Success… on all levels

Our three day trip out to the Norfolk Canyon and back was a success in every way you care to measure.

First, and most importantly, it was FUN. The 80 mile sail out, and then 80 miles back, was delightful. The weather was perfect for what we were doing when we were doing it. The fishing was great, we pulled up a bunch of tilefish, some quite large ones:

34 pounds of yummy deliciousness from the bottom of the ocean.

Tilefish are about the tastiest fish in the ocean with a flavor that reflects their diet of crab, lobster and squid, but with a very delicate texture. If you ever find them for sale, they command a very hefty price, approaching $50/lb for the fillets.

In the Norfolk Canyon area these fish live on the bottom over 700 feet deep. That’s a really long, long way down, as you find out when it is time to reel in your line to check bait, or reposition the boat. It was for this kind of fishing that we recent splurged on a new fishing toy–I mean “essential fishing tool”. An electric fishing reel. We have been doing enough of this kind of fishing, called “deep dropping” that it seemed like it will be a worthy investment. So far–so good!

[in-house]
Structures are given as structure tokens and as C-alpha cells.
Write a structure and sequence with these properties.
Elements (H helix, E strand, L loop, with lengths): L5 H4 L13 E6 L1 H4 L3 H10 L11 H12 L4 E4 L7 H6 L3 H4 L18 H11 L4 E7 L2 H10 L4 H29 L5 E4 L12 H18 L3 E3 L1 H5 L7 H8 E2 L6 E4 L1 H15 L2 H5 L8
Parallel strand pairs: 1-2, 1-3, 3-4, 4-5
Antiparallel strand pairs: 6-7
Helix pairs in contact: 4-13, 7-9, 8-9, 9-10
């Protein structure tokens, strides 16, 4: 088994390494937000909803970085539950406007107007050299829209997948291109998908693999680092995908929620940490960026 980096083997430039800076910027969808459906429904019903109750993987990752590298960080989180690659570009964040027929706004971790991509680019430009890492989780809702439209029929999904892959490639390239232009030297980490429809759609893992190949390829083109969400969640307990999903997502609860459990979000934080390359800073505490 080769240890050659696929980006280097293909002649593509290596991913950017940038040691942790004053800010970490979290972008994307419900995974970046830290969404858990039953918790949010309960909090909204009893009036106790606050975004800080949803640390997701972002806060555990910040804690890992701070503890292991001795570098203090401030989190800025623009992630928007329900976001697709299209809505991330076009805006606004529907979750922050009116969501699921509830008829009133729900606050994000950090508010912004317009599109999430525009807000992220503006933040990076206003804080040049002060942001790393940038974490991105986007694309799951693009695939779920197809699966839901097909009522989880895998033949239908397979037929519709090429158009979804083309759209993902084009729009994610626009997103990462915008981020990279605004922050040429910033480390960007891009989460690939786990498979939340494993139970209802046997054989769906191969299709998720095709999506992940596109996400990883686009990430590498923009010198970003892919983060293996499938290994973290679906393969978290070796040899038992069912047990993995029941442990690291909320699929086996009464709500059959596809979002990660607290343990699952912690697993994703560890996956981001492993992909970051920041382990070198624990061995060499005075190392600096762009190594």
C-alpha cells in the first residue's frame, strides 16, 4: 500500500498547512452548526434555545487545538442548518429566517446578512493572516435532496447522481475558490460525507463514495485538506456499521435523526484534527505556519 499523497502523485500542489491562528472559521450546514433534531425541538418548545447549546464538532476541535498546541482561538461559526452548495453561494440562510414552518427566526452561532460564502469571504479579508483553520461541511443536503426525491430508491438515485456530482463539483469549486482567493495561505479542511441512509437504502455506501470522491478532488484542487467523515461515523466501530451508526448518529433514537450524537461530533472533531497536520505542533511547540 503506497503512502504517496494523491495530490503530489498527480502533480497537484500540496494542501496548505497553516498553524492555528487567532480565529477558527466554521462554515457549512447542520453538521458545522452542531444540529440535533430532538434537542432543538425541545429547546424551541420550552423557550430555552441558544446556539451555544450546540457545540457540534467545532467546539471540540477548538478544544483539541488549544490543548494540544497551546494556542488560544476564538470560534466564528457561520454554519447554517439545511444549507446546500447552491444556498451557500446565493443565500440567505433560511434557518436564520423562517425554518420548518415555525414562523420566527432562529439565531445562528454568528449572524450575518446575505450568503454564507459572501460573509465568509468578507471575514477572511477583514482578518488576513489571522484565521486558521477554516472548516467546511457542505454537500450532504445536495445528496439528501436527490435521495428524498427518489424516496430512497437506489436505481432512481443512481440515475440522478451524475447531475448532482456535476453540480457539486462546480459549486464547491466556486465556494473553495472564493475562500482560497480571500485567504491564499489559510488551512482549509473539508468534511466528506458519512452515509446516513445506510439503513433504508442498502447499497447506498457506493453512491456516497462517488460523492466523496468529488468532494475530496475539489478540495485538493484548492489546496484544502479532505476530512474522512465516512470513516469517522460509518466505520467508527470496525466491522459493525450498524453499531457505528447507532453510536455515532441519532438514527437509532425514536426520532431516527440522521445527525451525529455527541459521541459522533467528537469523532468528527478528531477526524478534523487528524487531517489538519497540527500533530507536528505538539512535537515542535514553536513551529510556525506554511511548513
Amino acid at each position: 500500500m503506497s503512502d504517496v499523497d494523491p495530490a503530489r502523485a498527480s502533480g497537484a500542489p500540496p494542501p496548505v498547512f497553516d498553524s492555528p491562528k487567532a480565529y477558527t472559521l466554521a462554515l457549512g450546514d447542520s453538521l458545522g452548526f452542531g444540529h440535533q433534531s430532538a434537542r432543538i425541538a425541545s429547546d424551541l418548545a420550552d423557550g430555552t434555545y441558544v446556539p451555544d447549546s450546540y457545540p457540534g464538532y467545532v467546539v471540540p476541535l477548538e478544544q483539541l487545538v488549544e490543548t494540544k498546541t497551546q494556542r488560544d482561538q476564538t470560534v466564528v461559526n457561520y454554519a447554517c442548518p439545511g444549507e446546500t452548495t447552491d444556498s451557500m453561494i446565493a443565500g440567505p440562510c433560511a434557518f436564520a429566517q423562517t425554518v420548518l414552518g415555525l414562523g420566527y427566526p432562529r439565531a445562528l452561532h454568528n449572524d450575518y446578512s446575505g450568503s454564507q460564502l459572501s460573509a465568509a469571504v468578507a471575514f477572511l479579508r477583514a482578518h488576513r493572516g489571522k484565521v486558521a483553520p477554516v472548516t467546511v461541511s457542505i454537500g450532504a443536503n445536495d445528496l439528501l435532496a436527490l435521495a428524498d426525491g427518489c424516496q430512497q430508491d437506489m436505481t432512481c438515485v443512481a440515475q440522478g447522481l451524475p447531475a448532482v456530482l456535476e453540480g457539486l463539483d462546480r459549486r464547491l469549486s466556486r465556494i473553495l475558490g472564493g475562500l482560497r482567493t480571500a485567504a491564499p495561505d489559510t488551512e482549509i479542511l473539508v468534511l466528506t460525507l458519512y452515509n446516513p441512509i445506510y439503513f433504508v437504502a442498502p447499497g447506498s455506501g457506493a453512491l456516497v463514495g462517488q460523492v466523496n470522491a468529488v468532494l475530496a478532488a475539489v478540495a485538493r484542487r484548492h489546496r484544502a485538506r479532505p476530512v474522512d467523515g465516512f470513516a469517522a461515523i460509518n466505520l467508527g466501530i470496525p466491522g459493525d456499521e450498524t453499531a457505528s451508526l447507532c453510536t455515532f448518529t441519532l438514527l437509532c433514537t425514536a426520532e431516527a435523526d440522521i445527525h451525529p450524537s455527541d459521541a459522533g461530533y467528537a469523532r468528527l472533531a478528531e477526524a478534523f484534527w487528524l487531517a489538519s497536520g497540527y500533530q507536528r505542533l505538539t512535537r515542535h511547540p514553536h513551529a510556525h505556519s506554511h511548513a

One of the things about the ocean is it never fails to surprise. After cleaning this big boy, Karen was below in the galley packaging the fillets for the freezer. I saw some interesting marks close up under the boat on the sonar, and dropped jig to see what I might hook. I hooked into a very large fish that ran off a LOT of line at high speed. At first I was sure I had hooked a yellowfin tuna, but then the fight settled down in to a bit of a street fight–for an HOUR. It turned out to be a large shark. We weren’t able to ID him as good to eat, and legal to catch, so we didn’t bring him into the boat. This, however, wasn’t the big surprise.

While I was fighting the shark, Karen was videoing the action. In the distance, a large fish jumps out of the water, completely clear, and lands with a huge splash. My initial ID is confirmed by a close look at the video. It was an ocean sunfish, a Mola mola. Not a fish I imagined being able to generate the speed to leap clear of the water, but there he was–airborn!

A flying ocean sunfish!

We are back in Norfolk, at anchor. Relaxing, working on some of our video productions. We have a few weeks before we expect to head up the bay to Annapolis.

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